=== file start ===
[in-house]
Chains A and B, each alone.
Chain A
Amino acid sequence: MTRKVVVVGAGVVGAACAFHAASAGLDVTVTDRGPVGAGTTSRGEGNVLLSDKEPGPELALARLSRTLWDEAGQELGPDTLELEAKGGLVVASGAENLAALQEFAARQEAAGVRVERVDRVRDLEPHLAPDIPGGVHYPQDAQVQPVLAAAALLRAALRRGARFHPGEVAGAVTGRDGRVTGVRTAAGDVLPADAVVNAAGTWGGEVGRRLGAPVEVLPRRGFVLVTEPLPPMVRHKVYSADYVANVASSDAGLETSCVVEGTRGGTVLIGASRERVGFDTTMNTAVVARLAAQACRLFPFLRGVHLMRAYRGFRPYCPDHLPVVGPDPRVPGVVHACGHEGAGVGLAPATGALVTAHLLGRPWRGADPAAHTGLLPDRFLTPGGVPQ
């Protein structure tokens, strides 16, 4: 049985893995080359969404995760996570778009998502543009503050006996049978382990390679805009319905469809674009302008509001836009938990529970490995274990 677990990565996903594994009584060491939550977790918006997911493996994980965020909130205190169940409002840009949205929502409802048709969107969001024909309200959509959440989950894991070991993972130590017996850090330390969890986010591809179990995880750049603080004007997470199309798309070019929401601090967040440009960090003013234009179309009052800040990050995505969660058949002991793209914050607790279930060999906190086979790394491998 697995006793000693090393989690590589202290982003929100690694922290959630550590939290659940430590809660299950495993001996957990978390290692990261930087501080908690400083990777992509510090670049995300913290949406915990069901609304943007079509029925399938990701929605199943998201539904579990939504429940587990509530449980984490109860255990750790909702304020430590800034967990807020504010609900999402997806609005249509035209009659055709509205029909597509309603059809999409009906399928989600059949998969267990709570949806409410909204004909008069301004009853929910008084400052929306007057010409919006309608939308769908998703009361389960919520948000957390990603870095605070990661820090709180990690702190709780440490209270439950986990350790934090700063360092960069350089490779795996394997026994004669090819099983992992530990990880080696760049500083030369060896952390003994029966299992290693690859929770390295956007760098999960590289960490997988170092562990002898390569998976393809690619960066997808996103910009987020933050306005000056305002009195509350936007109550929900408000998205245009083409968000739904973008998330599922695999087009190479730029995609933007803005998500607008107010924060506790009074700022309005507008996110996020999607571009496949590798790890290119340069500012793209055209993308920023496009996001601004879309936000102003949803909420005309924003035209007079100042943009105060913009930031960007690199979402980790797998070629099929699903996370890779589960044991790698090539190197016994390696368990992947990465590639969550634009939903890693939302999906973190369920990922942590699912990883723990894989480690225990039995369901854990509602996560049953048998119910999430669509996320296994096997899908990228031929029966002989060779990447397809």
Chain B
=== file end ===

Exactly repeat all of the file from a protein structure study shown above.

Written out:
[in-house]
Chains A and B, each alone.
Chain A
Amino acid sequence: MTRKVVVVGAGVVGAACAFHAASAGLDVTVTDRGPVGAGTTSRGEGNVLLSDKEPGPELALARLSRTLWDEAGQELGPDTLELEAKGGLVVASGAENLAALQEFAARQEAAGVRVERVDRVRDLEPHLAPDIPGGVHYPQDAQVQPVLAAAALLRAALRRGARFHPGEVAGAVTGRDGRVTGVRTAAGDVLPADAVVNAAGTWGGEVGRRLGAPVEVLPRRGFVLVTEPLPPMVRHKVYSADYVANVASSDAGLETSCVVEGTRGGTVLIGASRERVGFDTTMNTAVVARLAAQACRLFPFLRGVHLMRAYRGFRPYCPDHLPVVGPDPRVPGVVHACGHEGAGVGLAPATGALVTAHLLGRPWRGADPAAHTGLLPDRFLTPGGVPQ
């Protein structure tokens, strides 16, 4: 049985893995080359969404995760996570778009998502543009503050006996049978382990390679805009319905469809674009302008509001836009938990529970490995274990 677990990565996903594994009584060491939550977790918006997911493996994980965020909130205190169940409002840009949205929502409802048709969107969001024909309200959509959440989950894991070991993972130590017996850090330390969890986010591809179990995880750049603080004007997470199309798309070019929401601090967040440009960090003013234009179309009052800040990050995505969660058949002991793209914050607790279930060999906190086979790394491998 697995006793000693090393989690590589202290982003929100690694922290959630550590939290659940430590809660299950495993001996957990978390290692990261930087501080908690400083990777992509510090670049995300913290949406915990069901609304943007079509029925399938990701929605199943998201539904579990939504429940587990509530449980984490109860255990750790909702304020430590800034967990807020504010609900999402997806609005249509035209009659055709509205029909597509309603059809999409009906399928989600059949998969267990709570949806409410909204004909008069301004009853929910008084400052929306007057010409919006309608939308769908998703009361389960919520948000957390990603870095605070990661820090709180990690702190709780440490209270439950986990350790934090700063360092960069350089490779795996394997026994004669090819099983992992530990990880080696760049500083030369060896952390003994029966299992290693690859929770390295956007760098999960590289960490997988170092562990002898390569998976393809690619960066997808996103910009987020933050306005000056305002009195509350936007109550929900408000998205245009083409968000739904973008998330599922695999087009190479730029995609933007803005998500607008107010924060506790009074700022309005507008996110996020999607571009496949590798790890290119340069500012793209055209993308920023496009996001601004879309936000102003949803909420005309924003035209007079100042943009105060913009930031960007690199979402980790797998070629099929699903996370890779589960044991790698090539190197016994390696368990992947990465590639969550634009939903890693939302999906973190369920990922942590699912990883723990894989480690225990039995369901854990509602996560049953048998119910999430669509996320296994096997899908990228031929029966002989060779990447397809």
Chain B